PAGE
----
Nine months after Israel locked horns with Hamas in Gaza for over 50 days, it is clear that not only did Mohammed Deif, Hamas' military commander, survive the Israeli attempt on his life that saw his wife and child killed, but he has also jump-started Hamas' military wing, sources in Israel said Wednesday.
In the past, Deif had run the Al-Qassam Brigades as a centralized organization, overseeing every small detail in its activities – from its overarching strategy, to rocket production.
However, in recent months, and in the wake of the devastating Operation Protective Edge, tensions between Hamas's military and political wings have fermented, with the latter placing the onus of the group's failure on the political echelon, which they say undermined their efforts to steer the conflict in its favor.
For years Hamas has planned for a surprise shock attack followed by a larger offensive in or from Gaza. During its opening onslaught, Hamas planned to use its complex system of tunnels to stream its terrorists into Israel and have them attack a border area community, or even communities, sowing terror and kidnapping Israelis back into Gaza. This was supposed to be Hamas' opening move during Operation Protective Edge. This plan was Deif's brainchild.
But Hamas' political leadership refused to green-light the operation when the time came, and thus the military wing now blames them for the operation's failure.
Tensions between the two branches are further fueled by disagreement on other issues as well: While Deif has been pushing for Hamas to bury the hatchet with Iran in return for arms and funds, political leader Khaled Mashaal has been pushing for closer ties with the Gulf states, namely Saudi Arabia – Iran's arch-nemesis.
Generally, there is very little regard among the military wing for its political leadership, and such tensions could boil over to the point that it will begin to make decisions independently. When Ahmed Jabari headed the terror group's military wing he would frequently launch terror attacks without informing or coordinating with the political leadership.
Despite tensions, Hamas' military wing still has the political echelon's support and receives additional funding from Iran. The money trail leading to Hamas spans almost the entire globe and passes through cambists in Egypt. From there it makes the journey through the Sinai and – through the tunnels – it passes in cash form into Gaza. Despite the Egyptian army's best efforts to destroy the tunnel infrastructure in the Sinai, at least a dozen are still active.
More rockets, more tunnels
Not long after the operation in Gaza ended, Hamas began to renew its underground construction projects – rebuilding both offensive and defensive tunnels based on the assumption Israel was still lacking an adequate response to the threat. The new tunnels were dug in new locations, while those unearthed or hit by Israel over the summer were disregarded and left to decay.
Hamas has even increased its investment in the tunnels, and now employs over 1,000 workers working around the clock in three shifts, six days a week. To fortify their inner walls, Hamas uses cement purchased on the black market in Gaza, in addition to wood and hard plastics.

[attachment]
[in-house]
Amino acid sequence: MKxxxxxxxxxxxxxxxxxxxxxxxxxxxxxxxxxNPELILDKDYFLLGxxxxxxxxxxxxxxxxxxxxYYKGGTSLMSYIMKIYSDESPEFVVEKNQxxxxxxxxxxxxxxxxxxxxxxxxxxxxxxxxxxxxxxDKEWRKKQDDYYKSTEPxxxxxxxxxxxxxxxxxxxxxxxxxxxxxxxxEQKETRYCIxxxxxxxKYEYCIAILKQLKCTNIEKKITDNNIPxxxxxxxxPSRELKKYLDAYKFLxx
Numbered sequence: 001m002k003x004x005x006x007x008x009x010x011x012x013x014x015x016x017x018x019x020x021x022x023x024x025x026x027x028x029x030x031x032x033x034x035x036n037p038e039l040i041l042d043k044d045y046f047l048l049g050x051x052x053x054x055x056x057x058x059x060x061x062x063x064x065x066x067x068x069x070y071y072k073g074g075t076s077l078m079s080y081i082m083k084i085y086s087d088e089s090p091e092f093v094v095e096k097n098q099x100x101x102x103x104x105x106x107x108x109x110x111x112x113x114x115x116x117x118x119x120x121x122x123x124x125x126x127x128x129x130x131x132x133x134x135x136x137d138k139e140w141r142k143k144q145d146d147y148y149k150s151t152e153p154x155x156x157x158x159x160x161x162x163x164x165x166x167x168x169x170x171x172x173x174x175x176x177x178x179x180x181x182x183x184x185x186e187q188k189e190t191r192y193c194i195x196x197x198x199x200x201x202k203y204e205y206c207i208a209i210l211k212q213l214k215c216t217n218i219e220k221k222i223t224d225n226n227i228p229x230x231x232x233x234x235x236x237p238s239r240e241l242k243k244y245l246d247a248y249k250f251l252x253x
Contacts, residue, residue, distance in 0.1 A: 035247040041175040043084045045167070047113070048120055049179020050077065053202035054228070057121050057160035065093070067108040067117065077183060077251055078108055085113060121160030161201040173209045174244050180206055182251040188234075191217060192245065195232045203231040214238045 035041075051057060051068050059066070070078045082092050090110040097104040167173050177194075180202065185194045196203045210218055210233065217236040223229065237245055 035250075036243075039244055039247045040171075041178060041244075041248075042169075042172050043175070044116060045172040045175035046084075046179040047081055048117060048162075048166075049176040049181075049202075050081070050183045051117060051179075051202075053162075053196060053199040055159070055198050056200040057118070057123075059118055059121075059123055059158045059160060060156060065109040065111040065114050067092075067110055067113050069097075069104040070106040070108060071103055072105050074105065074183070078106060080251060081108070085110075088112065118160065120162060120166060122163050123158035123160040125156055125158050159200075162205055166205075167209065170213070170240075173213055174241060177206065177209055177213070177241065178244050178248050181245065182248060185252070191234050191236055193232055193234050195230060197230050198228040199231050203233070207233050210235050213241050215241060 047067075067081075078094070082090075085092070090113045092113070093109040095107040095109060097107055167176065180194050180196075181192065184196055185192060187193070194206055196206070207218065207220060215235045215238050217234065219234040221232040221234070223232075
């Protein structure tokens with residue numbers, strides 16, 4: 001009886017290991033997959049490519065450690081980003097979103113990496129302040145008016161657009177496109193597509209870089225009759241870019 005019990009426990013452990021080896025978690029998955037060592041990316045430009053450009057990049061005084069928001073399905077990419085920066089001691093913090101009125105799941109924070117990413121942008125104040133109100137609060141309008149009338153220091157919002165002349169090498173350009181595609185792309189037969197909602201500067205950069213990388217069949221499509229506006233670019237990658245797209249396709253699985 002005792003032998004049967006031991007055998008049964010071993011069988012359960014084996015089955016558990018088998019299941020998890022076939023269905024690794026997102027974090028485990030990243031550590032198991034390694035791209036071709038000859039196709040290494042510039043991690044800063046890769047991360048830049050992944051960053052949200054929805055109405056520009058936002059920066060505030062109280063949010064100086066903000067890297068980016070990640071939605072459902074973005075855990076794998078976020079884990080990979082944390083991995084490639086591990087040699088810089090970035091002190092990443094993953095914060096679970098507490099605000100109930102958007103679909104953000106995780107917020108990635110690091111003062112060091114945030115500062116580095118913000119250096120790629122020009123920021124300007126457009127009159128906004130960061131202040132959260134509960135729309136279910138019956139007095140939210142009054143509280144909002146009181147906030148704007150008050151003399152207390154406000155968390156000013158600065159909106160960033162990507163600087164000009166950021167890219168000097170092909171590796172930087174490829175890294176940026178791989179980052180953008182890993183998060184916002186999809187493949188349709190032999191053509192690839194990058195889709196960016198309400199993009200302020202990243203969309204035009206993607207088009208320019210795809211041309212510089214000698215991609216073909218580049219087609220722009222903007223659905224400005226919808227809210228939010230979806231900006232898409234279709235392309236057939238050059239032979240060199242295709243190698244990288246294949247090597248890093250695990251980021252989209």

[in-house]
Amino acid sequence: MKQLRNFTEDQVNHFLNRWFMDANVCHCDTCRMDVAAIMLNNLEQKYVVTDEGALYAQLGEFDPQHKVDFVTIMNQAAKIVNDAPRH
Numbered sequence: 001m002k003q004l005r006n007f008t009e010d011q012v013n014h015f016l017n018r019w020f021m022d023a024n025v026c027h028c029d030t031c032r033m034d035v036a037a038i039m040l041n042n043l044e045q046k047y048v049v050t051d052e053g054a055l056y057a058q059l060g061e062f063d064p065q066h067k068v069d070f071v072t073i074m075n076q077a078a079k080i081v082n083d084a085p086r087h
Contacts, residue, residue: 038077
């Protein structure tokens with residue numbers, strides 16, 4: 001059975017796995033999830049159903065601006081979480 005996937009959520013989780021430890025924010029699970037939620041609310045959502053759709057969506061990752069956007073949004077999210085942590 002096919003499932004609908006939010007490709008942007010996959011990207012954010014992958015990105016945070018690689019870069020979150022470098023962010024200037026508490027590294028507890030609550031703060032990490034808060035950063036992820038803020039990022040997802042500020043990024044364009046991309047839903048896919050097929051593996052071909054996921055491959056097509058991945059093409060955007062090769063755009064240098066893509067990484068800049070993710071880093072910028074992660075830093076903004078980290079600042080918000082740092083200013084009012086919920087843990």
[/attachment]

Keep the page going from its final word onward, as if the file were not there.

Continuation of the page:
By the end of Operation Protective Edge, some 32 offensive tunnels were known to Israel, some of which already reached into Israeli territory. Hamas has set a goal for itself to reach that number again ahead of any new flare-up with Israel.
The same can be said about the group's self-produced rocket stockpile. Recent months have seen a massive effort to replenish the group's rocket supplies to their pre-war state. There is a concentrated effort to build short-range rockets that can hit border communities, as these types of projectiles are the most effective against Israel's Iron Dome missile defense system. The group is also busy amassing long range rockets that can go as far as Tel Aviv or Jerusalem (roughly 75 km) and even those that can reach Haifa (150 km).
As part of Hamas' attempt to overcome Iron Dome, it is possible the group will attempt to fire multiple rockets from different locations at a single target in Israel, some of which will eventually be able to penetrate the missile defense system, which despite its impressive record is limited to a finite number of interceptions per battery.
Hamas has also worked to get its elite ground and navy commando units back into shape, in addition to attempting to boost its unmanned aircraft program. Hamas is using Syrian and Iranian experts to help rebuild its forces.
One of the central lessons the group internalized as a result of Operation Protective Edge was that to truly be able to deal Israel a blow, they need to open an additional front during the conflict. Therefore the group has begun to lay a terror infrastructure in the Sinai which will pester the IDF during any future fighting by firing rockets. To this end, it is very likely to assume that a channel of dialogue has been opened between Hamas and ISIS' branch in Sinai. Hamas understand it needs ISIS affiliates in the Sinai to help with smuggling efforts from Sinai to Gaza.
In case a war breaks out in the north with Hezbollah, Hamas could decide to use the opportunity to open a second front in the south, to further strain the IDF's defenses.